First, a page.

Moving on to spider mites. Spider mites are teeny little buggers that feed similar to aphids with their super tiny and sharp mouth parts, sucking sap from the leaf tissue. Because they are significantly smaller, the damage they do also looks smaller (tiny stipules) and often turns yellow and can lead to plant decline. They can also spin webs around leaf tissue. In the summer, two-spotted spider mites in particular develop in 5 days! We have many overlapping generations in North Carolina. Females live two to four weeks and lay several hundred eggs each. Nitrogen fertilizers can induce outbreaks of spider mites by making the plant yummy to feed on. Spider mites have many predators that include other mites, minute pirate bugs, & lady beetles. So again, using plants in your landscape to attract these beneficial insects is a good idea. Insecticidal soaps will also bring populations down, especially with a repeat application after 7-10 days of the first application to get any recently hatched eggs. Many chemical insecticides can cause a flare in populations because they can kill off predators of spider mites. There are miticides out there which are best to use so that only mites are targeted.

              Lastly there are thrips. The best way to explain thrips is that they are the tiny, thin orange bugs that crawl on you when you are outside that make you itch. They don’t bite humans, they are just annoying when they get on you and start walking around. They are soft bodied insects as well, that form wings in their adult stage. They love plant tissue as well, feeding in the same manner as the previous two insects, but create damage more like that of spider mites. Thrips also love flower tissues and cause them to look white and raggedy. Control for gardens and landscape beds include horticultural oils and spinosad (both natural products). There are other chemical controls available but can be more detrimental to beneficial pollinators in the area.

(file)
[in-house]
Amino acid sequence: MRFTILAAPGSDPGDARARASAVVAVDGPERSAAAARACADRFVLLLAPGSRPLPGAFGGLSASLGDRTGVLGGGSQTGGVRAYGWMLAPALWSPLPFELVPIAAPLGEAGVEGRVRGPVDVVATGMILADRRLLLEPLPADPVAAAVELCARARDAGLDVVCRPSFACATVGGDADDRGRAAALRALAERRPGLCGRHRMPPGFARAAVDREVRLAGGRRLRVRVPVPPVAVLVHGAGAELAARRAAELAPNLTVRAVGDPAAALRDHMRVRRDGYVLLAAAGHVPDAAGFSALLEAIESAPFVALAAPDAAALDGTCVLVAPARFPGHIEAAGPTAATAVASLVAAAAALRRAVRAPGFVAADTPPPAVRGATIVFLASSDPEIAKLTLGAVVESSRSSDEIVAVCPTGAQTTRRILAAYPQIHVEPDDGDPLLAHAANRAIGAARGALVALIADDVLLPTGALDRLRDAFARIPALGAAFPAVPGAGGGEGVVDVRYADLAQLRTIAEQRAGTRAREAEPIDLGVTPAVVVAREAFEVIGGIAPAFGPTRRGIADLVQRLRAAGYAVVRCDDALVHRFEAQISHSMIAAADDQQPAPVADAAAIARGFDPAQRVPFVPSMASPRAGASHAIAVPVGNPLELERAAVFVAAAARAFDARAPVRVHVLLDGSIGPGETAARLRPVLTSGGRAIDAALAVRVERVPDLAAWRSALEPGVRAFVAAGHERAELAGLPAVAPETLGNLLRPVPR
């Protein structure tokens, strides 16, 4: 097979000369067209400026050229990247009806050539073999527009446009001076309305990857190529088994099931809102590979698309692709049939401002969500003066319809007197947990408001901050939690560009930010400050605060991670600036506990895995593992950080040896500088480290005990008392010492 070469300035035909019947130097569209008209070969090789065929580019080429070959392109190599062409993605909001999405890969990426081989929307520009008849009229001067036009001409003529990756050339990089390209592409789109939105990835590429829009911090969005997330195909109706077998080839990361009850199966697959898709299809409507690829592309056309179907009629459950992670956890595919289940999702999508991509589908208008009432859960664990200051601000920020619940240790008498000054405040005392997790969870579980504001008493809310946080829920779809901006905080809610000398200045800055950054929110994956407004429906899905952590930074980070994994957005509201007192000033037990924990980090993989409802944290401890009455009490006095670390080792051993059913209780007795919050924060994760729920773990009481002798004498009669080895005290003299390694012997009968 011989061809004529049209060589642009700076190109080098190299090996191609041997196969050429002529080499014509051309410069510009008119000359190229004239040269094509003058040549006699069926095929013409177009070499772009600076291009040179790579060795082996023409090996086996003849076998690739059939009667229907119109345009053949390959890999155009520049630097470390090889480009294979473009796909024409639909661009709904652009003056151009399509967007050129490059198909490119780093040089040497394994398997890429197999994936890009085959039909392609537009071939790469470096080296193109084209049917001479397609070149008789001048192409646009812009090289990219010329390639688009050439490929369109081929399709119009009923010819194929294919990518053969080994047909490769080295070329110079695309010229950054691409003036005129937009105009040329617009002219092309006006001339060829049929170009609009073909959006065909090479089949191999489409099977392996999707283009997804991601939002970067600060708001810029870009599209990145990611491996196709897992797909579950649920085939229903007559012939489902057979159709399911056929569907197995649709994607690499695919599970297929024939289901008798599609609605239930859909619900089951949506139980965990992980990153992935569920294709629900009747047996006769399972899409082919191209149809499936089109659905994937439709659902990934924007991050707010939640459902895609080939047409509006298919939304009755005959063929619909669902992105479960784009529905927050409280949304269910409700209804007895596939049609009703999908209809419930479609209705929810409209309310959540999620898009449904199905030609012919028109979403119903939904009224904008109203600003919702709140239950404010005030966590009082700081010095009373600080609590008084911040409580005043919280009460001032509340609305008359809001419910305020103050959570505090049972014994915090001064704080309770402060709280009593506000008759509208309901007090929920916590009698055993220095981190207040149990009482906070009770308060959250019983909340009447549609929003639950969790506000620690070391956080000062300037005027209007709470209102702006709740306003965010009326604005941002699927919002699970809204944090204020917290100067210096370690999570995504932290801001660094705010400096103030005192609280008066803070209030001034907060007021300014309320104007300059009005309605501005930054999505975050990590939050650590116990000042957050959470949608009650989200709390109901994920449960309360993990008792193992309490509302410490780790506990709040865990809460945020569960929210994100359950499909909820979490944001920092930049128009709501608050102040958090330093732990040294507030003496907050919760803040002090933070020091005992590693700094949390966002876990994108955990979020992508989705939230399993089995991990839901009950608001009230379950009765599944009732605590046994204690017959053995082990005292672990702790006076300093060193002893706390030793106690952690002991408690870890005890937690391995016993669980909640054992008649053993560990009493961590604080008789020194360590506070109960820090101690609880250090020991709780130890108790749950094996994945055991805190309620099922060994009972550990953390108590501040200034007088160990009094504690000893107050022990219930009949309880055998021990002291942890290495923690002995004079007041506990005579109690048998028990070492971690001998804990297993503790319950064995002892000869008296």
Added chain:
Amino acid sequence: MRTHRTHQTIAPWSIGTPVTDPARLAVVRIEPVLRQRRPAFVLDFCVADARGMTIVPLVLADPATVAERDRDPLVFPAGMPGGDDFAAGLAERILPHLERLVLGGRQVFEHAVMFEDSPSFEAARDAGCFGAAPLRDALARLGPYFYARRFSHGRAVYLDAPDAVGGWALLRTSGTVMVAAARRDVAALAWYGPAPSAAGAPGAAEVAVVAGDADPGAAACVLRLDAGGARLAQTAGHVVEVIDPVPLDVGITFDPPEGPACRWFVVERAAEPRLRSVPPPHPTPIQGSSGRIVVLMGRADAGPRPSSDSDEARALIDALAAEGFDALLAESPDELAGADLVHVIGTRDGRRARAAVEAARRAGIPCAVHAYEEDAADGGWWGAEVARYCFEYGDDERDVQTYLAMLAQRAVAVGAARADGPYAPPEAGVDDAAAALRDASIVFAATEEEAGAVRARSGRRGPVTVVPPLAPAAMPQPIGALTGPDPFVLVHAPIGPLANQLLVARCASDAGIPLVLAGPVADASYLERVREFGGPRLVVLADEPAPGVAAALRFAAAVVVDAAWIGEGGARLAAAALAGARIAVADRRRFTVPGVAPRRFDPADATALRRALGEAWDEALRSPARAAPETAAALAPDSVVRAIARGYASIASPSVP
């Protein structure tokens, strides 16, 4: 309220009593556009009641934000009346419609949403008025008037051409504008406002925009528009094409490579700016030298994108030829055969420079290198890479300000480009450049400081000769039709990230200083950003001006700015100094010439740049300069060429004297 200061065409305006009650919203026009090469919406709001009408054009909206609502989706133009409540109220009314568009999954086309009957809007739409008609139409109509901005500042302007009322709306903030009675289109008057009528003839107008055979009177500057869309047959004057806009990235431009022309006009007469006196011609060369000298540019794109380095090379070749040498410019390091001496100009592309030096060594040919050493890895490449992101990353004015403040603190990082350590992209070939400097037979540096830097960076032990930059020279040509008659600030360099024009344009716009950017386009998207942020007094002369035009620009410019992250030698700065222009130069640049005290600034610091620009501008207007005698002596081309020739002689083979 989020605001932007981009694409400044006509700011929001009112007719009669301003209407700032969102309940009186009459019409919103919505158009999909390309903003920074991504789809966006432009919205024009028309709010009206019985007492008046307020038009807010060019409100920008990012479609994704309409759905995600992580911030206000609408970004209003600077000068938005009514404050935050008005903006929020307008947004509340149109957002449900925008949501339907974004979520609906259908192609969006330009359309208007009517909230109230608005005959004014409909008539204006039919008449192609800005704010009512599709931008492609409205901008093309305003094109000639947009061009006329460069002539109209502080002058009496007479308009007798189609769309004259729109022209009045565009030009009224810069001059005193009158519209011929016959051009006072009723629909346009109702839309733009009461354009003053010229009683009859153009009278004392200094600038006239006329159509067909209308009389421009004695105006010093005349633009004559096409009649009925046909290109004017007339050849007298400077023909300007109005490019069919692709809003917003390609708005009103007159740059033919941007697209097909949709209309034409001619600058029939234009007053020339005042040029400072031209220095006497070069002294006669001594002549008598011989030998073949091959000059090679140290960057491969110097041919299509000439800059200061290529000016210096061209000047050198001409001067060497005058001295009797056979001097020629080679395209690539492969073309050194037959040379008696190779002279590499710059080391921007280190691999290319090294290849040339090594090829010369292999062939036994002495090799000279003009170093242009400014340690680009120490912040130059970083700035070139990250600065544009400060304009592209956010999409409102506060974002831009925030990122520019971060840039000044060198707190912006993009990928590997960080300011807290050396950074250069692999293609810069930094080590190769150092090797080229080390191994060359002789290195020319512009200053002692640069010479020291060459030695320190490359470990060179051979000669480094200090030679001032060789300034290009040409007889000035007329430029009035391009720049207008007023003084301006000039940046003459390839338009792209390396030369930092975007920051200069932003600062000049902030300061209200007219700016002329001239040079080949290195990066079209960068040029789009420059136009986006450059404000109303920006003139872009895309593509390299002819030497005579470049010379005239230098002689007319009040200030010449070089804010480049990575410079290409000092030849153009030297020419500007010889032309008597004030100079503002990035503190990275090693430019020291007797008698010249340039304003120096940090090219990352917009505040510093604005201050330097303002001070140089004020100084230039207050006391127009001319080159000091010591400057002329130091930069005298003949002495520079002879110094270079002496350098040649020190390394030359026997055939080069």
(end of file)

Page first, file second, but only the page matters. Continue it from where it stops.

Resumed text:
Most applications for insect deterrents should be used early in the morning or later in the evening to avoid harming pollinators during the day. As for all chemical applications (including insecticidal soaps, horticultural oils, and other natural products) be sure to read and follow all label directions!

              Farmers Market: